In a letter in my files from L. F. Kebler, Chief of the Drug Division of the U. S. Bureau of Chemistry, written shortly before the World War, June 24, 1914, he said that “five grains of caffein (2 cups of coffee) would kill a rabbit weighing about two pounds.” In that letter he also said that when the U. S. Bureau of Chemistry began its investigations, a "goodly number of the drinks sold at soda fountains contained cocain,” but so far as the Bureau had information none of them were on the market in 1914, but "the number of caffein preparations” had remained “about the same.”

Children are not killed outright by coffee but the two cups of coffee that would kill a rabbit will unquestionably kill some of the tiny precious cells in a child's body. "Every drop of beer kills a cell,” science tells us, and surely every full cup of coffee does as much harm as a drop of beer to a growing child. I do not attempt to persuade full-grown people to give up coffee or tea or chocolate, much less cocoa, which is the only one in the list I drink, and that but seldom. But let us try to keep the new generation from all these "habit drugs."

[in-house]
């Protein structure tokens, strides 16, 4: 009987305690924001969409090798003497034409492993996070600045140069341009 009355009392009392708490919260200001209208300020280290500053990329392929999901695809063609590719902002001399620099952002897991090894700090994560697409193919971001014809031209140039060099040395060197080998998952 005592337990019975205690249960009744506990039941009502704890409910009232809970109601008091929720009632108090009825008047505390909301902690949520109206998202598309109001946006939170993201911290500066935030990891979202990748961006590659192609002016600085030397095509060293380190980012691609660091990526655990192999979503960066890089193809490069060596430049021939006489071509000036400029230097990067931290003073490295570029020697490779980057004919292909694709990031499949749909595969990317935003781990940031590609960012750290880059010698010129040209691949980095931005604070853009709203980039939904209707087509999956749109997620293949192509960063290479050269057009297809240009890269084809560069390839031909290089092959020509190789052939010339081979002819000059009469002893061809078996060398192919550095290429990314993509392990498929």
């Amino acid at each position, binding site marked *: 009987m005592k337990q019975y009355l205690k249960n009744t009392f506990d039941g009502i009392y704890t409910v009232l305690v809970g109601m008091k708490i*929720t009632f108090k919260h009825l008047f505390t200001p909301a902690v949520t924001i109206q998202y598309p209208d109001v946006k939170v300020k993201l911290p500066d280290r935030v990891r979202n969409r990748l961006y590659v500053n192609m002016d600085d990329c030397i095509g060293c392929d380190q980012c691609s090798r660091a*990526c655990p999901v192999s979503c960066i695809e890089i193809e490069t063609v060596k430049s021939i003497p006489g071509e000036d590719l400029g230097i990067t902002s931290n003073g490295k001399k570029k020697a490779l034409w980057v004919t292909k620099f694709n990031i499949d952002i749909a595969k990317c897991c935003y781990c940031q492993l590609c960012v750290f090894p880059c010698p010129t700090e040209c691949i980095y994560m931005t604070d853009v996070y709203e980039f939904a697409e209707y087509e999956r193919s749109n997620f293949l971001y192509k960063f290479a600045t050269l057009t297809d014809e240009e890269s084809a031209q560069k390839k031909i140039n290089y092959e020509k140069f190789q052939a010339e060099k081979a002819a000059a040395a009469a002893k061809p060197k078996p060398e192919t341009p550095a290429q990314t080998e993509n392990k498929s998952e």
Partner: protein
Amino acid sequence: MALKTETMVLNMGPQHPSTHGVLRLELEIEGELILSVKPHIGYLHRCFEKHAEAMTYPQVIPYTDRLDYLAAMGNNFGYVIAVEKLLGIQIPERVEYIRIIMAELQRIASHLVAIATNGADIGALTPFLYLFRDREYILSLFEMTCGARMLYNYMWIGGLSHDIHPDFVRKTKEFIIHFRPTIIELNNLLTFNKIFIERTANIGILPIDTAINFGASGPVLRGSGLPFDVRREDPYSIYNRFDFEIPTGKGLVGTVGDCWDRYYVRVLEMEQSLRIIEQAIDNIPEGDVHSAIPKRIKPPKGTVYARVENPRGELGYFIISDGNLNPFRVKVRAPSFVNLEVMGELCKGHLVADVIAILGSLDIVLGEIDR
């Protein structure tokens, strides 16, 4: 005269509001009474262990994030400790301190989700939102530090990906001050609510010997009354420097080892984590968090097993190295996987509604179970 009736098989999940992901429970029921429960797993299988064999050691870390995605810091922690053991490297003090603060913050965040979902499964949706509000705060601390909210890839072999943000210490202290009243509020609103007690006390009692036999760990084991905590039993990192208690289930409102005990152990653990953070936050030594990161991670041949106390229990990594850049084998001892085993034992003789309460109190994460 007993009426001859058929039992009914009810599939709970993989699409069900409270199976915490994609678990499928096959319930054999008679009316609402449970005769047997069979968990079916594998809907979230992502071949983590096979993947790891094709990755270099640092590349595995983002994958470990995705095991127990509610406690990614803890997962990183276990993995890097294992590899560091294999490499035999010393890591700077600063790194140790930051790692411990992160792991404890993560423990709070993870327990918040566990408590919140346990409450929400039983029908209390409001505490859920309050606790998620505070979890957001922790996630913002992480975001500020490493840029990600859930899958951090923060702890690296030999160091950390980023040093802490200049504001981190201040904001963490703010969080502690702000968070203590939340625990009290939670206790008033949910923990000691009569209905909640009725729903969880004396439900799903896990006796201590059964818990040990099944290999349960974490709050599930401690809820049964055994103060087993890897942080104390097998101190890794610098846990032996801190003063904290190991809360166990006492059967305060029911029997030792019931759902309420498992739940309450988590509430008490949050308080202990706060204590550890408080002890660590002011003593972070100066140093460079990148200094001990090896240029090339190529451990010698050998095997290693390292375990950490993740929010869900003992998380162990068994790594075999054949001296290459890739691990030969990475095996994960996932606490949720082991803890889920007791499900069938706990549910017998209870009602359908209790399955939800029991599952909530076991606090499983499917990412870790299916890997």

How shall we make boys and girls feel the wisdom of the rule every parent should make that they shall let all habit-forming drugs alone at least until they are of age and can decide for themselves ?

Tell them, for one thing, that Sir Isaac Newton, the great thinker, who saw in a falling apple the law of the planets, said, “I make myself no necessities." He saw that many people were all tied up with habits that, like the strings of a jumping jack, made them do foolish things. Tell them that coffee is a crutch, that no strong boy or girl needs. Tell them water is the real "strong drink,” the drink of the strong ox, and of the swift eagle; the drink of the winning athletes.